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The Taylor Saw Mill

Posted on by Daniel Wilkinson, New Hampshire State Parks Summer Intern

The Taylor Saw Mill – July 9, 2011

Sitting in the Ballard State Forest, the 200 year-old, Taylor Sawmill Historic Site is not only a tribute to New Hampshire’s forestry heritage, but also a real live, working piece of history.  Operating every 2nd and 4th Saturday from Memorial Day to Labor Day, the Taylor Sawmill offers visitors a chance to get up close and see what went into producing timber before electricity, gasoline engines, or even steam power.

Drawing energy from the water wheel just outside the building, pulleys and gears attach to a long saw blade that drives it up and down, slowly trimming boards from huge pine logs.  Bob Spoerl, the on-site caretaker, oversees the property and harvests lumber from the adjoining state forest.  He clearly takes pride in demonstrating the sawmill’s 17th century technology.  Taking time between greeting visitors, hoisting massive logs in to place, and making a quick saw repair, Bob takes the time to make you feel involved and to explain the process from debarking to cutting.

Inside the rustic wood mill house, the big jagged saw blade stood straight up in the center of the room, shining in the sun it immediately caught my attention.  Looking around a little more I found the walls full of history with displays of old hand made nails, antique tools, and historic black and white photos of the property.  Just as I was getting lost in the history of the place, the guys hoisted a big white timber up, ready for the saw.

Watching these pine logs transformed from trees into straight flat boards was quite an experience and gave me a new appreciation for the history and effort that goes into producing lumber.  Before the logs even get to the saw every piece of bark is trimmed away by hand with care take not to cut into the wood.

Next comes the heavy lifting.  After measuring the log for clearance, they pry, heave and roll it on to the saw.  Once the log is lined up and the cut is ready to be made, a big wood lever opens a gate, diverting water over the wheel, and slowly the saw comes to life.  Picking up pace as the water wheel moves faster, the saw jerks up and down throwing wood shavings everywhere as it works its way down the log.

It isn’t everyday you get a chance to actually experience a piece of history, but visiting the Taylor Sawmill you can hear, see, and feel exactly what it is was like to produce timber 200 years ago.  It’s an opportunity to step back in time and appreciate New Hampshire’s heritage at one of its more unique state parks.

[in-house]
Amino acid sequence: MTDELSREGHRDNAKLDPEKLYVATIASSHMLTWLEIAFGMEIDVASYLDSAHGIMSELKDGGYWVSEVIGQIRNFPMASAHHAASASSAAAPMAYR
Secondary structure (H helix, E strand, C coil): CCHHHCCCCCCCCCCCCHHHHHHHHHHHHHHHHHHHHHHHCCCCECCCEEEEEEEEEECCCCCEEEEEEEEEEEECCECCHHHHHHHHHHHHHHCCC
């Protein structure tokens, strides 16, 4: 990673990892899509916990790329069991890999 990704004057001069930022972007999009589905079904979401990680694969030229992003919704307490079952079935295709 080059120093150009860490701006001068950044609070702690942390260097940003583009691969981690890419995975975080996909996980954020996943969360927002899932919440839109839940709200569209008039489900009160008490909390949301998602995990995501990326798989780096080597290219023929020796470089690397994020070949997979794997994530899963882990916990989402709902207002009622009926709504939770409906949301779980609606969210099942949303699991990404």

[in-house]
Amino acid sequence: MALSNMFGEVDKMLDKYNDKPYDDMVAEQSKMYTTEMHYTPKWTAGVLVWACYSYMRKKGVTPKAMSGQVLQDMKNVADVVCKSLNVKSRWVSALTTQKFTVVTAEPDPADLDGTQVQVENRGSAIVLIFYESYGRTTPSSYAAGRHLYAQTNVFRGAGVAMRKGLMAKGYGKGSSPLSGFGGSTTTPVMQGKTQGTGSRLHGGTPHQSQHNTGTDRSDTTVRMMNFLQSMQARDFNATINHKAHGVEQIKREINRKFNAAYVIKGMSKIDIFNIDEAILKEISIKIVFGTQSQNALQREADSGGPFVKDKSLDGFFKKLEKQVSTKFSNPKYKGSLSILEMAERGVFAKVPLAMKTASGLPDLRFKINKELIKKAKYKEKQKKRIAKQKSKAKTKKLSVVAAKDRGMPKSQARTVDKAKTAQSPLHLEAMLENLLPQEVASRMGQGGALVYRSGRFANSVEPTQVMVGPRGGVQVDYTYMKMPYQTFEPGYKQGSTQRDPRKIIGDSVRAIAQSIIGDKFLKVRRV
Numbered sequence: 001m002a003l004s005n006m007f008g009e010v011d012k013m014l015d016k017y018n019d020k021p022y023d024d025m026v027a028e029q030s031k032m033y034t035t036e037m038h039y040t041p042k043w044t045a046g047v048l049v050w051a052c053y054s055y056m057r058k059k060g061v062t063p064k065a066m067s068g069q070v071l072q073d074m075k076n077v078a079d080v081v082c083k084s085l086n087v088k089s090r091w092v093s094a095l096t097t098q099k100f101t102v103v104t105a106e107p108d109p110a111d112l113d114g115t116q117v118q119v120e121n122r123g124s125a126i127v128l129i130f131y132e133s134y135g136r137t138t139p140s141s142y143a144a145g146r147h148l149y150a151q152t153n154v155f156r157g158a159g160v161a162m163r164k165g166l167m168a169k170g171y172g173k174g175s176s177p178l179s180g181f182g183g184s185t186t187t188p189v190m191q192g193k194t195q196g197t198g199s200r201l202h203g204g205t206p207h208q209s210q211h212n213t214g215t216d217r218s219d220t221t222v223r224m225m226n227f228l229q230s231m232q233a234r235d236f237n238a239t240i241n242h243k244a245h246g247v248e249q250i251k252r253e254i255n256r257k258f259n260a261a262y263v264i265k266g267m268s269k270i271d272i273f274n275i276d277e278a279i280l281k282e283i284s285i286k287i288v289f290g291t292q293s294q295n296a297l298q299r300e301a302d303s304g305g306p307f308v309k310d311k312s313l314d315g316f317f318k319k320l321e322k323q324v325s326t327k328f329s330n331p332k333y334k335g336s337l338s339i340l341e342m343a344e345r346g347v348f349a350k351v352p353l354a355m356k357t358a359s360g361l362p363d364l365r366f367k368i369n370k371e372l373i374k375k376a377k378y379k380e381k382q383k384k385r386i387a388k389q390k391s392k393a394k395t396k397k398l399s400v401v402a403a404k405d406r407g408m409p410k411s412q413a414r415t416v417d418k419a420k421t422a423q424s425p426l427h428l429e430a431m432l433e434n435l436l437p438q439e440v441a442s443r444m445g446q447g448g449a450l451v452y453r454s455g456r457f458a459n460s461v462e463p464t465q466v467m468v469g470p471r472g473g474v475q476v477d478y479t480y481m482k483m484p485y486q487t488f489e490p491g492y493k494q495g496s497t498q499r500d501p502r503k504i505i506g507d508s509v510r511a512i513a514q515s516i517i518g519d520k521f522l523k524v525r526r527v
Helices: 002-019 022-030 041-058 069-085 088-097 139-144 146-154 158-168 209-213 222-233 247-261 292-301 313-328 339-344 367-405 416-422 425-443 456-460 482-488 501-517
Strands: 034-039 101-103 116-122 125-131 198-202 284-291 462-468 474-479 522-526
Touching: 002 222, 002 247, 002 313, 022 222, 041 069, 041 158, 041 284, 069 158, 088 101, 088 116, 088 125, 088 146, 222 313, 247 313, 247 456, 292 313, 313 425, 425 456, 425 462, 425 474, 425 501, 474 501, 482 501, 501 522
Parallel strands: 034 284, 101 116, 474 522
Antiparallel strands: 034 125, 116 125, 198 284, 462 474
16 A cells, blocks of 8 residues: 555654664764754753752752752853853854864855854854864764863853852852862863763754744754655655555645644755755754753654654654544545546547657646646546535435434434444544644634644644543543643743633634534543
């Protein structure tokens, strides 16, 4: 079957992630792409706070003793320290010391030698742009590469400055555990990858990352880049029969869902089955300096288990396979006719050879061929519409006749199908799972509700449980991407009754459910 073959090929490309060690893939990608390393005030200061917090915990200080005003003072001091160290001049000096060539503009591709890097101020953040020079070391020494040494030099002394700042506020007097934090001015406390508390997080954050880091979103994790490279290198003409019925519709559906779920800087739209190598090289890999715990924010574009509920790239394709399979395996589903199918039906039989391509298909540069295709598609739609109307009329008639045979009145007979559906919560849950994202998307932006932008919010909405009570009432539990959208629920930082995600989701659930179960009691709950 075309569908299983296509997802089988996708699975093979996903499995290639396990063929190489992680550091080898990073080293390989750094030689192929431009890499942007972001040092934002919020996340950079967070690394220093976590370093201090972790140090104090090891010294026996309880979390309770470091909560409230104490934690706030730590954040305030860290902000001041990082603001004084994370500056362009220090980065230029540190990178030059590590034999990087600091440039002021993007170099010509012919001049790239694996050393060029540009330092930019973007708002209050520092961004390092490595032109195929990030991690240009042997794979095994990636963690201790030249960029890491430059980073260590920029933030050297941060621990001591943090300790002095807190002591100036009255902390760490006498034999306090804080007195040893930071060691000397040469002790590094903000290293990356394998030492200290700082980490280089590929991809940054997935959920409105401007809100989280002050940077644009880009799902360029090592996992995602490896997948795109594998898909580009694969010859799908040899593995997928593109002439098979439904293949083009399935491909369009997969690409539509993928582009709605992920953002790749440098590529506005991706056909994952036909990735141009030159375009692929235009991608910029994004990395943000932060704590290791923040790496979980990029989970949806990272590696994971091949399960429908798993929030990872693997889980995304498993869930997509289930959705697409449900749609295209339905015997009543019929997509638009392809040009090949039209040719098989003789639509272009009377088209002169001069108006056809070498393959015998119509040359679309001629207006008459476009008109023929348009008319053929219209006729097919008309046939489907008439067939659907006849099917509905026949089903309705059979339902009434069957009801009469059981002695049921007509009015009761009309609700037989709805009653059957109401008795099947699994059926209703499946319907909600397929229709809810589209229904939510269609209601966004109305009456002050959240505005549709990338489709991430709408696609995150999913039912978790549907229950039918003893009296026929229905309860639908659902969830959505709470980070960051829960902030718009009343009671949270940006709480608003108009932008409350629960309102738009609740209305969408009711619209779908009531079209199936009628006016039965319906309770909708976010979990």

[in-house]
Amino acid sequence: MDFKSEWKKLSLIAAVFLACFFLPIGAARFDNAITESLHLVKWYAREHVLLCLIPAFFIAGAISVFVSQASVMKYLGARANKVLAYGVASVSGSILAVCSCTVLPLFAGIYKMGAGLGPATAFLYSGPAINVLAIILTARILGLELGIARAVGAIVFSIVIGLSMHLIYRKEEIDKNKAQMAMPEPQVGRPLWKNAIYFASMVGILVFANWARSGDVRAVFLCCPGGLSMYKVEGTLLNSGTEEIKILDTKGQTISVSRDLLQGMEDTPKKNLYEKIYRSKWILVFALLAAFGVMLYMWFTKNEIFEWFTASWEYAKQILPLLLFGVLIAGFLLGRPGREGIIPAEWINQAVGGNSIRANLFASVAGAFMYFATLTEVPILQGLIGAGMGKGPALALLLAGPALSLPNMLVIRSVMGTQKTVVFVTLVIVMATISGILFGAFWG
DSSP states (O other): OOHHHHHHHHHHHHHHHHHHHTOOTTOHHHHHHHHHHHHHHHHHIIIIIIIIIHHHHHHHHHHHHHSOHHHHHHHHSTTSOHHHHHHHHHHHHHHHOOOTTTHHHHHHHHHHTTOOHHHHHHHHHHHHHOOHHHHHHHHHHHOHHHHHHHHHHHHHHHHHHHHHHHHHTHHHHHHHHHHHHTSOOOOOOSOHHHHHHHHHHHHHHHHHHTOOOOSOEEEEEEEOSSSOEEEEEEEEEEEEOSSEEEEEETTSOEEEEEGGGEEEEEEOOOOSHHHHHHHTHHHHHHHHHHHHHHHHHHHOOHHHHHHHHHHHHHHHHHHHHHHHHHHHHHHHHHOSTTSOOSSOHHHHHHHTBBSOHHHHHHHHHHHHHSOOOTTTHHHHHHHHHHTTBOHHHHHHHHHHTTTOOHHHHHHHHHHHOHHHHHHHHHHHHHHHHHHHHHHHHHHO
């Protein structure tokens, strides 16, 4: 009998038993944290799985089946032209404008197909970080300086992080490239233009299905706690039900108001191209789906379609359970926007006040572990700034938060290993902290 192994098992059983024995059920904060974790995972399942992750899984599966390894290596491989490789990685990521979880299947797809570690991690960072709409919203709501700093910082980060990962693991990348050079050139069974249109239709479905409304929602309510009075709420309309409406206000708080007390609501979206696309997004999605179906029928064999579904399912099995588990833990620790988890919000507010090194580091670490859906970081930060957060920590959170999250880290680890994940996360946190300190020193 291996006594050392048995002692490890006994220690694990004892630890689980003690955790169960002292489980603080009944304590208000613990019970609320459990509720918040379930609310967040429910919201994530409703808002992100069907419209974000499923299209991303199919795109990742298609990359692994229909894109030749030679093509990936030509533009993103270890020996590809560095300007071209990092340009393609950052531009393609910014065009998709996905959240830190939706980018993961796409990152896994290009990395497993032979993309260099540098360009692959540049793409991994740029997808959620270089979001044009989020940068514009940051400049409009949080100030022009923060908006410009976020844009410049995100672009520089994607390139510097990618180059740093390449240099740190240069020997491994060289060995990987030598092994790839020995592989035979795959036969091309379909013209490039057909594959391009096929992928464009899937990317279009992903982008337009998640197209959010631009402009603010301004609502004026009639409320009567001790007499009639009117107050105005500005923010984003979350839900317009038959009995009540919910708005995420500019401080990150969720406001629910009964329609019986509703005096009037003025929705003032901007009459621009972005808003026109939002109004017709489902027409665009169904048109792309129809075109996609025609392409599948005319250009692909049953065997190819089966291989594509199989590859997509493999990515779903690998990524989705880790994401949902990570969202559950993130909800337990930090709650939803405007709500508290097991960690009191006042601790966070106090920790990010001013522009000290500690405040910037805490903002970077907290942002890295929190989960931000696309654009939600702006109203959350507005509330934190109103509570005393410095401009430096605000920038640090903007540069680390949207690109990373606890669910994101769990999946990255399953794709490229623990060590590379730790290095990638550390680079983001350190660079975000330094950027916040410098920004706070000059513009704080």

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About Daniel Wilkinson, New Hampshire State Parks Summer Intern

I love it here in New Hampshire. I’ve been visiting my entire life, but it wasn’t until I moved here to attend Plymouth State University that I realized just how much the New Hampshire State Parks could offer. Comprised of 92 different parks, waysides, historical sites, and recreational trails there is something for everyone to enjoy here. From hiking, camping, skiing, biking, boating, to picnics, sunbathing, and playgrounds it is easy for the whole the family to have fun in a New Hampshire State Park. This summer, as a NH State Parks intern, I’ll be traveling around New Hampshire to give you a look at all the different experiences you can have inside the state parks. Using a camera, my hiking boots, kayak, and mountain bike I plan to explore as much as I can and report back to you. I’m excited to get out there, but I’m even more excited to share my adventures and motivate you to get outside and enjoy the New Hampshire State Parks. View all posts by Daniel Wilkinson, New Hampshire State Parks Summer Intern →
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2 Responses to The Taylor Saw Mill

  1. avatar Colin says:

    nice job cousin I didn’t know that Robert Frost lived in NH but my dad did

  2. Pingback: NH State Parks Summer Intern Shares Beauty of NH Travel | NH Vacation


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